How Many Words In The English Language?

This question is only tangentially related to word and phrase origins, but enough people ask it that I thought I’d provide a permanent answer.

This is an indeterminate question. First, there is the problem of what exactly is a word. Are mouse, mice, mousy, and mouselike separate words or just forms of one root word? Is a computer mouse the same word as the rodent? (To demonstrate the difficulty in counting words, over the centuries many scholars have attempted to count how many different words Shakespeare used in his corpus of work. The counts run anywhere from 16,000 to 30,000.)

Second, unlike French, English has no official body to determine what is proper and what is not. English dictionaries are (usually) descriptive in nature, not prescriptive. That is they describe how the language exists and is used, they do not prescribe its use. Just because a word “is not in the dictionary,” doesn’t mean that it is not a legitimate word. It simply means the dictionary editors omitted it for one reason or another.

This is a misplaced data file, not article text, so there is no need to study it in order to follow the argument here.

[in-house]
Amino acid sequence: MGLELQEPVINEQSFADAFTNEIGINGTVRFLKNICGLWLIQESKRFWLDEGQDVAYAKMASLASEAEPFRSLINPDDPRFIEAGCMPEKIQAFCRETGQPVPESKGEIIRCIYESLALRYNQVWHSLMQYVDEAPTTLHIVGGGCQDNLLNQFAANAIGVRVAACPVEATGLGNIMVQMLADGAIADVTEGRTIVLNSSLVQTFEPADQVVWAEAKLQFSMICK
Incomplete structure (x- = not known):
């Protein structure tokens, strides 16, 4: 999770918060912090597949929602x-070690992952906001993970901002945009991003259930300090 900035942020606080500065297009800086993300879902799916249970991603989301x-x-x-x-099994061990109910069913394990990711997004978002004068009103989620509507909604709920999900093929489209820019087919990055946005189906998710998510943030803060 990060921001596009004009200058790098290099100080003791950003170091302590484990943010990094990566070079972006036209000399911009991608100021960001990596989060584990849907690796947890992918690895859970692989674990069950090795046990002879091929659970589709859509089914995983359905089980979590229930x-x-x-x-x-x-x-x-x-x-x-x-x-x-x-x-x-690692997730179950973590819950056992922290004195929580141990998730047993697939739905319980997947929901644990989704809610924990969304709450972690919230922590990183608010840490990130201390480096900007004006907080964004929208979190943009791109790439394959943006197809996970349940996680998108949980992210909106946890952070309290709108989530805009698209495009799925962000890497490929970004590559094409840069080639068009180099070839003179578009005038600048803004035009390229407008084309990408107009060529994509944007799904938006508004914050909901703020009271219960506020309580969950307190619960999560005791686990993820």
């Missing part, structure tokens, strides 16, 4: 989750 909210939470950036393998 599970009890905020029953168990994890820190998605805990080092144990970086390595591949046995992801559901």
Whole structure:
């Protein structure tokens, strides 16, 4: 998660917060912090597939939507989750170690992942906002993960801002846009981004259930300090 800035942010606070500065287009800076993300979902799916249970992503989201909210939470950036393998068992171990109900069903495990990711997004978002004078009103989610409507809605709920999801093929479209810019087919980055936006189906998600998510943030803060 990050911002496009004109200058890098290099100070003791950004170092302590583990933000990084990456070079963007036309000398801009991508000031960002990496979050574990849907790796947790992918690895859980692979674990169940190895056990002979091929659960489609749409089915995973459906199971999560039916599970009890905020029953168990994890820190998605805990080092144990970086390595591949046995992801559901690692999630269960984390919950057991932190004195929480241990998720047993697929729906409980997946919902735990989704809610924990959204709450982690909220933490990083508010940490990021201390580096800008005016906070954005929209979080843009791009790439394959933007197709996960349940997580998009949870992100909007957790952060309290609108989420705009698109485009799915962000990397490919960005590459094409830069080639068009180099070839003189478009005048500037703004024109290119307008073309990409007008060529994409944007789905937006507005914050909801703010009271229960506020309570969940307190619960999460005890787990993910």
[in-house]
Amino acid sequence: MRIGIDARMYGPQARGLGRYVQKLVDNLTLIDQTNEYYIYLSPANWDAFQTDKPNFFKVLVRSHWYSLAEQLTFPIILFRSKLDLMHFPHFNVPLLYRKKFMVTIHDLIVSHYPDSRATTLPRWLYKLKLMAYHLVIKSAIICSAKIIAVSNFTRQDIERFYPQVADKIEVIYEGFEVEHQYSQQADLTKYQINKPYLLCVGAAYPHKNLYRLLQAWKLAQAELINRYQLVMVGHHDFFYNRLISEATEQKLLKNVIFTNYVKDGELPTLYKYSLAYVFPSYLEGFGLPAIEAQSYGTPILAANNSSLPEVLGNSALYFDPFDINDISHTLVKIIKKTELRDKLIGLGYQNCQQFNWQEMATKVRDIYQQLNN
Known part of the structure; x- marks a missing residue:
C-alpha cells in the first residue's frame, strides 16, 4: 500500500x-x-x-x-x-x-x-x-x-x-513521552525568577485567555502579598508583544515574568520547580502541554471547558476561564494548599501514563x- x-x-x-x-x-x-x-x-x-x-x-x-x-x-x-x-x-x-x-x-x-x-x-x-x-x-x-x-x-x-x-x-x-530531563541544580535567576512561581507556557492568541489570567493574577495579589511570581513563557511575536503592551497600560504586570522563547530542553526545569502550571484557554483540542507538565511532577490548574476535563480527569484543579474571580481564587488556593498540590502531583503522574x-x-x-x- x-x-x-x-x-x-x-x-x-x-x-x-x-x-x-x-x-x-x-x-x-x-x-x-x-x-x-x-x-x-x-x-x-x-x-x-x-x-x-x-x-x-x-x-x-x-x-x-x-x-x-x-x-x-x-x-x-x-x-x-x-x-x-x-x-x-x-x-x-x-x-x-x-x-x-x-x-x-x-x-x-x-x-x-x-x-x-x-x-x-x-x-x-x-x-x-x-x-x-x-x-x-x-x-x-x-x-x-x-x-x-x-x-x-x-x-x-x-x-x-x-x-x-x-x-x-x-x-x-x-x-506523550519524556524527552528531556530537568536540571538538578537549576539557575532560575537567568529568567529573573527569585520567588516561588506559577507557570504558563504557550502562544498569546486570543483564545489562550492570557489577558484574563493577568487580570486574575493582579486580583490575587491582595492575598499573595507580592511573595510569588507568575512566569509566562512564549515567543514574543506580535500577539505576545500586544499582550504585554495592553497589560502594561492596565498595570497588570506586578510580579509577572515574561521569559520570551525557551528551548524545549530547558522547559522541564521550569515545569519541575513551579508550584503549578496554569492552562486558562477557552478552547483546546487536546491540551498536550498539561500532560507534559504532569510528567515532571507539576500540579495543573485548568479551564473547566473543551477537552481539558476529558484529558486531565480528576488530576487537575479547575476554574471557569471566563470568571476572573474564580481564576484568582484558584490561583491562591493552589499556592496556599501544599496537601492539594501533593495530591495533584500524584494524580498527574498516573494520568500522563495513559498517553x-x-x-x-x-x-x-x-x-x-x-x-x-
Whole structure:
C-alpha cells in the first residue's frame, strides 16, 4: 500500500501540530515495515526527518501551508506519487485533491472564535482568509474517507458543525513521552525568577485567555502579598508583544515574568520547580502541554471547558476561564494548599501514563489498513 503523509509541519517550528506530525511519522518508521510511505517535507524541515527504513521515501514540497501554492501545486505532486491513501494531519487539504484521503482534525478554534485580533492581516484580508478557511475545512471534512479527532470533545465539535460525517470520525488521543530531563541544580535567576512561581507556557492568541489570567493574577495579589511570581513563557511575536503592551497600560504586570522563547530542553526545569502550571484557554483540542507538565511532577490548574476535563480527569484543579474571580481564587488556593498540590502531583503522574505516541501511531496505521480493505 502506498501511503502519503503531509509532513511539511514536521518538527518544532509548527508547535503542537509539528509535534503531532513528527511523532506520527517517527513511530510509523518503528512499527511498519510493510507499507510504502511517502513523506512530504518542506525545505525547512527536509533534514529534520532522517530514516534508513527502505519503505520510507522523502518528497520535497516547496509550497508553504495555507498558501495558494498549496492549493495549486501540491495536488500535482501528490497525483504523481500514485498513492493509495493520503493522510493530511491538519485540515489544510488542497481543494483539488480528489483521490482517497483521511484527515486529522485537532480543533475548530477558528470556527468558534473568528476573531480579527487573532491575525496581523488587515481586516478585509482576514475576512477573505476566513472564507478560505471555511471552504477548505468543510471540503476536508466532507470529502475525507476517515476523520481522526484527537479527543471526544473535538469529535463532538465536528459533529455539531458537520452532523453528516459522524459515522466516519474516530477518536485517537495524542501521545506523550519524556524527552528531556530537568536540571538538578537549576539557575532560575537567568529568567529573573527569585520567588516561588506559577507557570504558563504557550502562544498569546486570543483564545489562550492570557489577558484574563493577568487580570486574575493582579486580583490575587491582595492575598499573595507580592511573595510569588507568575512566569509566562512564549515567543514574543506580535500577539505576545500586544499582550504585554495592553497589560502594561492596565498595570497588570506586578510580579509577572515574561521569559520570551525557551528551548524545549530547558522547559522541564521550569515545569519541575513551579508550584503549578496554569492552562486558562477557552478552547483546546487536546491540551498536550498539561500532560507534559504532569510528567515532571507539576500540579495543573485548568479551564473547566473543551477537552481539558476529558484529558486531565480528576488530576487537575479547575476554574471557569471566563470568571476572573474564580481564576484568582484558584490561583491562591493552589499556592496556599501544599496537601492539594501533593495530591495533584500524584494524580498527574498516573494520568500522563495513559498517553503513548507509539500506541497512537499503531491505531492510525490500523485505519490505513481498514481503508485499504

The Oxford English Dictionary, the largest English-language dictionary, contains some 290,000 entries with some 616,500 word forms in its second edition. Of course, there are lots of slang and regional words that are not included and the big dictionary omits many proper names, scientific and technical terms, and jargon as a matter of editorial policy (e.g., there are some 1.4 million named species of insect alone). All told, estimates of the total vocabulary of English start at around three million words and go up from there.

Of these, about 200,000 words are in common use today. An educated person has a vocabulary of about 20,000 words and uses about 2,000 in a week’s conversation. (These estimates vary widely depending on who is doing the counting, so don’t take them as absolute.)

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